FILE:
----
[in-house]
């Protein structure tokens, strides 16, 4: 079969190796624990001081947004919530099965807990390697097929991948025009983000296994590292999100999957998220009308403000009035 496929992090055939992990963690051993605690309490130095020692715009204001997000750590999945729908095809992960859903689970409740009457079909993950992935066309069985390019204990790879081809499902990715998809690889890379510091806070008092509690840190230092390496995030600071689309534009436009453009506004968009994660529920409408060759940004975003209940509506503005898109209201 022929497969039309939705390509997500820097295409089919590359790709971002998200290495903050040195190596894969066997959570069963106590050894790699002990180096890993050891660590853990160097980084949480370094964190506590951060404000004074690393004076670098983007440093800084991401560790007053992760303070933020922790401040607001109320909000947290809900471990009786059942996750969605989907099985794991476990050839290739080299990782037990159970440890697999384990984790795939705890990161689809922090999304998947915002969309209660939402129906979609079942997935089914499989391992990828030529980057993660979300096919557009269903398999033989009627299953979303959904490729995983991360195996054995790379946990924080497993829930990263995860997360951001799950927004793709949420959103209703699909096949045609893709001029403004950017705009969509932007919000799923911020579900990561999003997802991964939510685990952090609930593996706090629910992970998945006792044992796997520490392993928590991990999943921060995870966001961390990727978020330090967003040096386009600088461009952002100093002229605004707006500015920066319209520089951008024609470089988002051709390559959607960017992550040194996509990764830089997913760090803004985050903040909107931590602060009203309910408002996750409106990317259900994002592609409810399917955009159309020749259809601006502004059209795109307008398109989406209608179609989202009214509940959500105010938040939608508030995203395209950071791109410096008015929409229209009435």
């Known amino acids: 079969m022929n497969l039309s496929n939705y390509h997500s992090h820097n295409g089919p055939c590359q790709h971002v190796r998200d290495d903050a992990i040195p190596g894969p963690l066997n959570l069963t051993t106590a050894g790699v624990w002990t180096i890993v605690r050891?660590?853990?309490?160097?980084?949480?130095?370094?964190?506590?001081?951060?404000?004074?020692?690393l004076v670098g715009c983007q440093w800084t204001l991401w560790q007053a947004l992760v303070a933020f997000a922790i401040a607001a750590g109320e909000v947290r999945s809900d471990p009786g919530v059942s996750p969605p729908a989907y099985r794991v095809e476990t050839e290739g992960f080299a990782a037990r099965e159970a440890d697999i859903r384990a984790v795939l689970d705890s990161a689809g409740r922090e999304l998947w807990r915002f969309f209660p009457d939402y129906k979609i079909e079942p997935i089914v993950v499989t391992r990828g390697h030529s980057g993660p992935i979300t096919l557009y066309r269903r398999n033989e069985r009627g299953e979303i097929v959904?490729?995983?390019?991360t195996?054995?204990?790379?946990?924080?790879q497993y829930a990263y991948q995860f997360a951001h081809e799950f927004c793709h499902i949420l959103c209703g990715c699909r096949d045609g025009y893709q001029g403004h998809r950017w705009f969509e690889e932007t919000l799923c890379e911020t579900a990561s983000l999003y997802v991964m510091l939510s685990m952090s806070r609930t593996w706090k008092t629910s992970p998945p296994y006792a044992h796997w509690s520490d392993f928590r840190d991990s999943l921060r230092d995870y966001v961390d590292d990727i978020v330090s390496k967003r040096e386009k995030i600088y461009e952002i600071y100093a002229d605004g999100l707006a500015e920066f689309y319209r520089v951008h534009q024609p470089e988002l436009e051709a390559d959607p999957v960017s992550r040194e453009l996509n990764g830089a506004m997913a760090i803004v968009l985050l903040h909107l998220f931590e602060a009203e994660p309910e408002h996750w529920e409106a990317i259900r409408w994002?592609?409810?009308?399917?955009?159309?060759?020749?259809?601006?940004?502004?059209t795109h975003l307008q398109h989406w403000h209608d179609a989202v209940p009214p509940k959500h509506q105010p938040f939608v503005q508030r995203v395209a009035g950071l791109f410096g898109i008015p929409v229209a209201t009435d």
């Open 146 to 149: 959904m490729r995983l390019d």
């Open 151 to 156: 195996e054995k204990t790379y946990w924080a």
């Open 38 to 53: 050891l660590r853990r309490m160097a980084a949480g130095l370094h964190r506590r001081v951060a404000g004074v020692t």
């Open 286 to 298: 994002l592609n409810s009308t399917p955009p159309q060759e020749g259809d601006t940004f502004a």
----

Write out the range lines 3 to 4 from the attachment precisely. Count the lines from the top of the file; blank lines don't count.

């Known amino acids: 079969m022929n497969l039309s496929n939705y390509h997500s992090h820097n295409g089919p055939c590359q790709h971002v190796r998200d290495d903050a992990i040195p190596g894969p963690l066997n959570l069963t051993t106590a050894g790699v624990w002990t180096i890993v605690r050891?660590?853990?309490?160097?980084?949480?130095?370094?964190?506590?001081?951060?404000?004074?020692?690393l004076v670098g715009c983007q440093w800084t204001l991401w560790q007053a947004l992760v303070a933020f997000a922790i401040a607001a750590g109320e909000v947290r999945s809900d471990p009786g919530v059942s996750p969605p729908a989907y099985r794991v095809e476990t050839e290739g992960f080299a990782a037990r099965e159970a440890d697999i859903r384990a984790v795939l689970d705890s990161a689809g409740r922090e999304l998947w807990r915002f969309f209660p009457d939402y129906k979609i079909e079942p997935i089914v993950v499989t391992r990828g390697h030529s980057g993660p992935i979300t096919l557009y066309r269903r398999n033989e069985r009627g299953e979303i097929v959904?490729?995983?390019?991360t195996?054995?204990?790379?946990?924080?790879q497993y829930a990263y991948q995860f997360a951001h081809e799950f927004c793709h499902i949420l959103c209703g990715c699909r096949d045609g025009y893709q001029g403004h998809r950017w705009f969509e690889e932007t919000l799923c890379e911020t579900a990561s983000l999003y997802v991964m510091l939510s685990m952090s806070r609930t593996w706090k008092t629910s992970p998945p296994y006792a044992h796997w509690s520490d392993f928590r840190d991990s999943l921060r230092d995870y966001v961390d590292d990727i978020v330090s390496k967003r040096e386009k995030i600088y461009e952002i600071y100093a002229d605004g999100l707006a500015e920066f689309y319209r520089v951008h534009q024609p470089e988002l436009e051709a390559d959607p999957v960017s992550r040194e453009l996509n990764g830089a506004m997913a760090i803004v968009l985050l903040h909107l998220f931590e602060a009203e994660p309910e408002h996750w529920e409106a990317i259900r409408w994002?592609?409810?009308?399917?955009?159309?060759?020749?259809?601006?940004?502004?059209t795109h975003l307008q398109h989406w403000h209608d179609a989202v209940p009214p509940k959500h509506q105010p938040f939608v503005q508030r995203v395209a009035g950071l791109f410096g898109i008015p929409v229209a209201t009435d």
């Open 146 to 149: 959904m490729r995983l390019d």